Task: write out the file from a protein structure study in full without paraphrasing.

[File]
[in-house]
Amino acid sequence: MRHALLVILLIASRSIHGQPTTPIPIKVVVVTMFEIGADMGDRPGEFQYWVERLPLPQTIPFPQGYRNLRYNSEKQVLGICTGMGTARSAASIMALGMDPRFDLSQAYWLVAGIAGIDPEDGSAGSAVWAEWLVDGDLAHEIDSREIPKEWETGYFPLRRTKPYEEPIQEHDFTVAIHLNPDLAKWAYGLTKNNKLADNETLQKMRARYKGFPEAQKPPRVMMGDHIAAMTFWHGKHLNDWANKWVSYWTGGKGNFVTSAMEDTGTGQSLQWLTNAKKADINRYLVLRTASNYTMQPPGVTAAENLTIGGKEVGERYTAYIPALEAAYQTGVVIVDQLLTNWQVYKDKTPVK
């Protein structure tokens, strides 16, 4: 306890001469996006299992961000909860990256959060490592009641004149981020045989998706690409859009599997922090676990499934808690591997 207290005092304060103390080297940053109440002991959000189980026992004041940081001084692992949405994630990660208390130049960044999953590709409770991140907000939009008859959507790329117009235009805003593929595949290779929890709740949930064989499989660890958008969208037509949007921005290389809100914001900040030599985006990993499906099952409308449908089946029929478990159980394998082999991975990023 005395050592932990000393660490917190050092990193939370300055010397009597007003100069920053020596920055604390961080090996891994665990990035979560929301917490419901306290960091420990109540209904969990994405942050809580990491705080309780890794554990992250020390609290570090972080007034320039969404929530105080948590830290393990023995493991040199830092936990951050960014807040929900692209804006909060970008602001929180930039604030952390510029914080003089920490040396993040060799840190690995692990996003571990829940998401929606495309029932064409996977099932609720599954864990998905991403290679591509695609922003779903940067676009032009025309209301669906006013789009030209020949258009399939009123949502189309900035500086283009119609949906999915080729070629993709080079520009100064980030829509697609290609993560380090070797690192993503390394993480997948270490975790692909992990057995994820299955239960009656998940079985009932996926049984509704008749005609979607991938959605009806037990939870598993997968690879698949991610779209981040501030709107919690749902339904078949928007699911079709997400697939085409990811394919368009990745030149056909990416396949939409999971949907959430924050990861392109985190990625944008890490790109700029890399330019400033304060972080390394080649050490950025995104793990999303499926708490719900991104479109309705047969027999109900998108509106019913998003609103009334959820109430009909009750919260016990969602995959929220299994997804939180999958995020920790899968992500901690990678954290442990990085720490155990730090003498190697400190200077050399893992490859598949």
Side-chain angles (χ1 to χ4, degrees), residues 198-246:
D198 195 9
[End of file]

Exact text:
[in-house]
Amino acid sequence: MRHALLVILLIASRSIHGQPTTPIPIKVVVVTMFEIGADMGDRPGEFQYWVERLPLPQTIPFPQGYRNLRYNSEKQVLGICTGMGTARSAASIMALGMDPRFDLSQAYWLVAGIAGIDPEDGSAGSAVWAEWLVDGDLAHEIDSREIPKEWETGYFPLRRTKPYEEPIQEHDFTVAIHLNPDLAKWAYGLTKNNKLADNETLQKMRARYKGFPEAQKPPRVMMGDHIAAMTFWHGKHLNDWANKWVSYWTGGKGNFVTSAMEDTGTGQSLQWLTNAKKADINRYLVLRTASNYTMQPPGVTAAENLTIGGKEVGERYTAYIPALEAAYQTGVVIVDQLLTNWQVYKDKTPVK
């Protein structure tokens, strides 16, 4: 306890001469996006299992961000909860990256959060490592009641004149981020045989998706690409859009599997922090676990499934808690591997 207290005092304060103390080297940053109440002991959000189980026992004041940081001084692992949405994630990660208390130049960044999953590709409770991140907000939009008859959507790329117009235009805003593929595949290779929890709740949930064989499989660890958008969208037509949007921005290389809100914001900040030599985006990993499906099952409308449908089946029929478990159980394998082999991975990023 005395050592932990000393660490917190050092990193939370300055010397009597007003100069920053020596920055604390961080090996891994665990990035979560929301917490419901306290960091420990109540209904969990994405942050809580990491705080309780890794554990992250020390609290570090972080007034320039969404929530105080948590830290393990023995493991040199830092936990951050960014807040929900692209804006909060970008602001929180930039604030952390510029914080003089920490040396993040060799840190690995692990996003571990829940998401929606495309029932064409996977099932609720599954864990998905991403290679591509695609922003779903940067676009032009025309209301669906006013789009030209020949258009399939009123949502189309900035500086283009119609949906999915080729070629993709080079520009100064980030829509697609290609993560380090070797690192993503390394993480997948270490975790692909992990057995994820299955239960009656998940079985009932996926049984509704008749005609979607991938959605009806037990939870598993997968690879698949991610779209981040501030709107919690749902339904078949928007699911079709997400697939085409990811394919368009990745030149056909990416396949939409999971949907959430924050990861392109985190990625944008890490790109700029890399330019400033304060972080390394080649050490950025995104793990999303499926708490719900991104479109309705047969027999109900998108509106019913998003609103009334959820109430009909009750919260016990969602995959929220299994997804939180999958995020920790899968992500901690990678954290442990990085720490155990730090003498190697400190200077050399893992490859598949």
Side-chain angles (χ1 to χ4, degrees), residues 198-246:
D198 195 9